Skyfactory

Skyfactory

Portfolio ESO/ESA collaborations Cosmic Collisions Deep Sky Catalogue Publications About me

Cocoon Nebula

Inside the Cocoon Nebula is a newly developing cluster of stars.
Cataloged as IC 5146, the beautiful nebula is nearly 15 light-years wide, located some 4,000 light years away toward the northern constellation Cygnus.
Like other star forming regions, it stands out in red, glowing, hydrogen gas excited by young, hot stars and blue, dust-reflected starlight at the edge of an otherwise invisible molecular cloud. In fact, the bright star near the center of this nebula is likely only a few hundred thousand years old, powering the nebular glow as it clears out a cavity in the molecular cloud's star forming dust and gas.
(text adapted from APOD)

The color image seen here is based on data coming from several photographic plates taken between 1987 and 1991 by the Palomar Observatory's 48-inch (1.2-meter) Samuel Oschin Telescope as a part of the second National Geographic Palomar Observatory Sky Survey (POSS II). The images were recorded on two type of glass photographic plates - one sensitive to red light and the other to blue and later they were digitized. Credit: Caltech, Palomar Observatory, Digitized Sky Survey.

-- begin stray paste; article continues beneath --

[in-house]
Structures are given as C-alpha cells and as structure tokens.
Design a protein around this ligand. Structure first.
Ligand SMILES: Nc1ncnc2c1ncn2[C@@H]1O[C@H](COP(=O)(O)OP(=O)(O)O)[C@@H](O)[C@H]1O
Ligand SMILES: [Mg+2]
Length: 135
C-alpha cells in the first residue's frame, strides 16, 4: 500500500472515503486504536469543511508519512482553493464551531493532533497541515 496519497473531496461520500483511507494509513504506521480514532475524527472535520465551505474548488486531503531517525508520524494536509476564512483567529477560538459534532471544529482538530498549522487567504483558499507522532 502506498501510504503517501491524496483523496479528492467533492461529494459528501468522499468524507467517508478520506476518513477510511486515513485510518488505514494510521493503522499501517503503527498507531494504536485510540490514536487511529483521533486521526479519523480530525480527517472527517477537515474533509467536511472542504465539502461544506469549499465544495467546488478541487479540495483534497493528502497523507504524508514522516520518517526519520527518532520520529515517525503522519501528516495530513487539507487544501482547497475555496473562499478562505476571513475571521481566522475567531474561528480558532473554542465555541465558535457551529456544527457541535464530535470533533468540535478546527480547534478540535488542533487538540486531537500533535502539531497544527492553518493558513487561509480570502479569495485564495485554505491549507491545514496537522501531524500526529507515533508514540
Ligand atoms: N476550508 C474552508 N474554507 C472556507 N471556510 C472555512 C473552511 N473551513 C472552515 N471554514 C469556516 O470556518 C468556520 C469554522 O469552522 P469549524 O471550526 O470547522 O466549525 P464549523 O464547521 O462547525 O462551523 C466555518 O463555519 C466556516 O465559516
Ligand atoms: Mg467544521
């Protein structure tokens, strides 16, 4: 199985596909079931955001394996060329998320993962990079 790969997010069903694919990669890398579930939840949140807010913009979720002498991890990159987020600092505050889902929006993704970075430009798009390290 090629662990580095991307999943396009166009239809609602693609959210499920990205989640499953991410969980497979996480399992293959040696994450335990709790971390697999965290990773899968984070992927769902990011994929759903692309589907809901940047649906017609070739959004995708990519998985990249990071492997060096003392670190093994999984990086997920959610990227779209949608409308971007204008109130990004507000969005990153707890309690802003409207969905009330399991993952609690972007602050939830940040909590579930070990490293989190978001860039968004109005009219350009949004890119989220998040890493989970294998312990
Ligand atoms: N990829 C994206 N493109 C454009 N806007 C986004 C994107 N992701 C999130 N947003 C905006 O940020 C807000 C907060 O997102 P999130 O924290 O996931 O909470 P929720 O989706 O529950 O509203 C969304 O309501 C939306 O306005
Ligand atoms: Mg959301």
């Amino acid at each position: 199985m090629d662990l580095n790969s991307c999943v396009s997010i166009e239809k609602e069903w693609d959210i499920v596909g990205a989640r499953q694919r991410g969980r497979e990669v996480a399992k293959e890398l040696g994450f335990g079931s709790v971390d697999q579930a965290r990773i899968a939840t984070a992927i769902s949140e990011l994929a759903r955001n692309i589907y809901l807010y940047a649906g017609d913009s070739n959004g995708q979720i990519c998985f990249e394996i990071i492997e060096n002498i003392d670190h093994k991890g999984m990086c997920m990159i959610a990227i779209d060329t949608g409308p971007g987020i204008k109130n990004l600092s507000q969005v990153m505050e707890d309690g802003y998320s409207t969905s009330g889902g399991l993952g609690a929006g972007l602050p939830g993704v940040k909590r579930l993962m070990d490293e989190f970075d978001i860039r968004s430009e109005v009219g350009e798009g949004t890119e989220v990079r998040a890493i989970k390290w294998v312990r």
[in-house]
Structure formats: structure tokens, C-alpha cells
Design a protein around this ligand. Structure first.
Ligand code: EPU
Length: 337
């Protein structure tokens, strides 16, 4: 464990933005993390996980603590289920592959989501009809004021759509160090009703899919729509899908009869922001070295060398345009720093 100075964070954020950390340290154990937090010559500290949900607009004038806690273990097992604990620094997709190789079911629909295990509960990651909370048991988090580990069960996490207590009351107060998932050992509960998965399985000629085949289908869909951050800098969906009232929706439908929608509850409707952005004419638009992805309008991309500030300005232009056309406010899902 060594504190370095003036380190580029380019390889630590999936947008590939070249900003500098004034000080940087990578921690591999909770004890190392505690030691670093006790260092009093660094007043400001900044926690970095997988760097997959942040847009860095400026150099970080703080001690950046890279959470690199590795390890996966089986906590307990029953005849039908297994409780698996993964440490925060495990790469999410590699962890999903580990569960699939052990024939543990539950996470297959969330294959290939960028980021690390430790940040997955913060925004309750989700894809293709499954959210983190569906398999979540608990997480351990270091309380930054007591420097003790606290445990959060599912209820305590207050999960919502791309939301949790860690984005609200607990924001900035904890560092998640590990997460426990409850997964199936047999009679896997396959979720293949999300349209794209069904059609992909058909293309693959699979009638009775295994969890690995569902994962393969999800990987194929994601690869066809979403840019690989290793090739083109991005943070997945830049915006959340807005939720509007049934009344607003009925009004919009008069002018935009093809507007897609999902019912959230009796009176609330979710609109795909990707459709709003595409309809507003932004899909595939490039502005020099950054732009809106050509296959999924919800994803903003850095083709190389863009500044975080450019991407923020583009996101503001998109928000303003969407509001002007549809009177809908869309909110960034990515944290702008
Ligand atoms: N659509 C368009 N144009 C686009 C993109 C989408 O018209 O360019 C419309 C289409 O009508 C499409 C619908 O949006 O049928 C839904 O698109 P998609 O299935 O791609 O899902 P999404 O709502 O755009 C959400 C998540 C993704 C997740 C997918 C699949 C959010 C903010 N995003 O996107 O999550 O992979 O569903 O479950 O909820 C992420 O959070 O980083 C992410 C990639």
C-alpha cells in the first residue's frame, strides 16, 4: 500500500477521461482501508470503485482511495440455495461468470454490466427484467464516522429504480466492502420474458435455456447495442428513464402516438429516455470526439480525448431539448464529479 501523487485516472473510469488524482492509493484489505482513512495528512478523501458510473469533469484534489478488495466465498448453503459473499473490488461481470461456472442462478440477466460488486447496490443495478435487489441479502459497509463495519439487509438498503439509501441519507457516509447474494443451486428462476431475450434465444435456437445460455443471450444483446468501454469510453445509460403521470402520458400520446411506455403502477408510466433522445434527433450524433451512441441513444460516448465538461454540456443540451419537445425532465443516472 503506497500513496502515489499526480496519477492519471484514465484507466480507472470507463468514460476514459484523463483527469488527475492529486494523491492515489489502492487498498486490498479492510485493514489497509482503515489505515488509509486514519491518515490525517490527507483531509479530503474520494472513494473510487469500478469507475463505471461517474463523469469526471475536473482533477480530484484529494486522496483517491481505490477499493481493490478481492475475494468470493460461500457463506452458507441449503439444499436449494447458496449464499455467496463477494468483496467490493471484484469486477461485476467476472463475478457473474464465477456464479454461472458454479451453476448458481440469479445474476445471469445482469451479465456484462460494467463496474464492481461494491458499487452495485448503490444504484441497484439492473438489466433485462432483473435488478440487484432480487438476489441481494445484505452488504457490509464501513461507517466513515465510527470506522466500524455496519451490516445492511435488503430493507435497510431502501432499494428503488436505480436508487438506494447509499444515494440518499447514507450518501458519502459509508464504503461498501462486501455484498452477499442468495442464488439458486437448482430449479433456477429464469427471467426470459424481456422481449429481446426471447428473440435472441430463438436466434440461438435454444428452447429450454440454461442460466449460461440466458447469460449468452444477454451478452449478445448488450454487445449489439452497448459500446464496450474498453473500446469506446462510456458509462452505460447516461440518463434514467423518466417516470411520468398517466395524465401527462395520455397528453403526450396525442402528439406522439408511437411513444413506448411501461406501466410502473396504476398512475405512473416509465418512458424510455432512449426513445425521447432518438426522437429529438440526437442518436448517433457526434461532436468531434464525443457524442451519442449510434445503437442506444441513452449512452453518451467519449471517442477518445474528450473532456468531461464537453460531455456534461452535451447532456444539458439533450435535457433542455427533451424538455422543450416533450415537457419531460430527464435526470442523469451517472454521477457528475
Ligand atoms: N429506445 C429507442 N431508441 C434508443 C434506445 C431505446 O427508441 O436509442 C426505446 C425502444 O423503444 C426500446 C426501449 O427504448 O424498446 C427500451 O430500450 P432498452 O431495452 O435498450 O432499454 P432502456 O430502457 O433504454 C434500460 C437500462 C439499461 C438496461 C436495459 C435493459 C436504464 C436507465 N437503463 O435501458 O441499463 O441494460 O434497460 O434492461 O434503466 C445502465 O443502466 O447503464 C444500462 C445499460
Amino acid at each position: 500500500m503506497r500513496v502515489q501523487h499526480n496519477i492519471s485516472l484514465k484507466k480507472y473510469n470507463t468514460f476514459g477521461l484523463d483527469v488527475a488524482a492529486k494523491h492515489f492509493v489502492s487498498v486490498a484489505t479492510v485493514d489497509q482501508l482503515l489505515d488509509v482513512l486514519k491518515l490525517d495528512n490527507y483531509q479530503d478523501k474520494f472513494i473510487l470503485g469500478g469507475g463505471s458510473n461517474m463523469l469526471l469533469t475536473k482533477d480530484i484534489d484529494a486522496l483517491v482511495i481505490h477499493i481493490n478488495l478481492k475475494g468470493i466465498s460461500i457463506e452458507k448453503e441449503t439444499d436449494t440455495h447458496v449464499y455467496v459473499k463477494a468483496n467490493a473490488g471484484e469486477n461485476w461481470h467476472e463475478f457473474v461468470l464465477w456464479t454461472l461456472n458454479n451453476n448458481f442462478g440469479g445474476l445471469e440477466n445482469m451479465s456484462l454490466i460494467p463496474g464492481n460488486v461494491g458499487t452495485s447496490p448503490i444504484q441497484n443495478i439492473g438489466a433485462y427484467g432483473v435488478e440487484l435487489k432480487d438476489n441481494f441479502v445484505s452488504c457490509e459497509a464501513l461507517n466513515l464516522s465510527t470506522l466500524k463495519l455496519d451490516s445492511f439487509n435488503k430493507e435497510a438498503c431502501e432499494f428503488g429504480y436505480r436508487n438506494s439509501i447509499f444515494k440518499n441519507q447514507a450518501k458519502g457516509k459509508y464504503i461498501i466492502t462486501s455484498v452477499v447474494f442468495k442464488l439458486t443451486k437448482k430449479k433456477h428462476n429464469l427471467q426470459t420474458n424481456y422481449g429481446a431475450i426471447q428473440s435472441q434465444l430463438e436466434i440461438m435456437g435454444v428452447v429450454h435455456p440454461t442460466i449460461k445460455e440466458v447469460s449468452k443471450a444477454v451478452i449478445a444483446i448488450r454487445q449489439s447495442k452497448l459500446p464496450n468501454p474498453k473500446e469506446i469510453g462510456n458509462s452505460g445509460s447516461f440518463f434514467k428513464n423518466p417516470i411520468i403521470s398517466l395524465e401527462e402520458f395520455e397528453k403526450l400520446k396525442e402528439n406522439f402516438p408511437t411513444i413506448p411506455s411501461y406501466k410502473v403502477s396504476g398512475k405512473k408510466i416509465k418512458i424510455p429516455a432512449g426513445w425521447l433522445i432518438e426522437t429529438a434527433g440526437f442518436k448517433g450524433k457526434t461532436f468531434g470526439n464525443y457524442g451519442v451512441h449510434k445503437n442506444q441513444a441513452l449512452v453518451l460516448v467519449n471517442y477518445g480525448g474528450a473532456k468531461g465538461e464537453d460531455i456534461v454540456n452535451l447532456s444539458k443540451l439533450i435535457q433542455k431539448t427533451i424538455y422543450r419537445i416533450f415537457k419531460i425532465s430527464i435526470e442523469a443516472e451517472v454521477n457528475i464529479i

The original file is about 17 Megapixels
with a resolution of about 1 arcsec per pixel.
The image shows an area of sky large 1,3
1,0 (for comparison, the full-Moon has a diameter of about 0,5).
The image is available for Museum, Planetariums, exhibitions, publishers and authors in very high-resolution. If interested in using the image, please read my policy and e-mail me with your request.
Copyright:
Davide De Martin.


Use of images | Contact me


All images presented in this website are copyrighted Davide De Martin (2005-2014) otherwise noted. Reproduction or distribution of these images is not permitted without written consent. See also my policy of the use of images for further details or email me. Comments are welcome.
The astronomical images presented in this site were created with the help of the ESA/ESO/NASA FITS Liberator.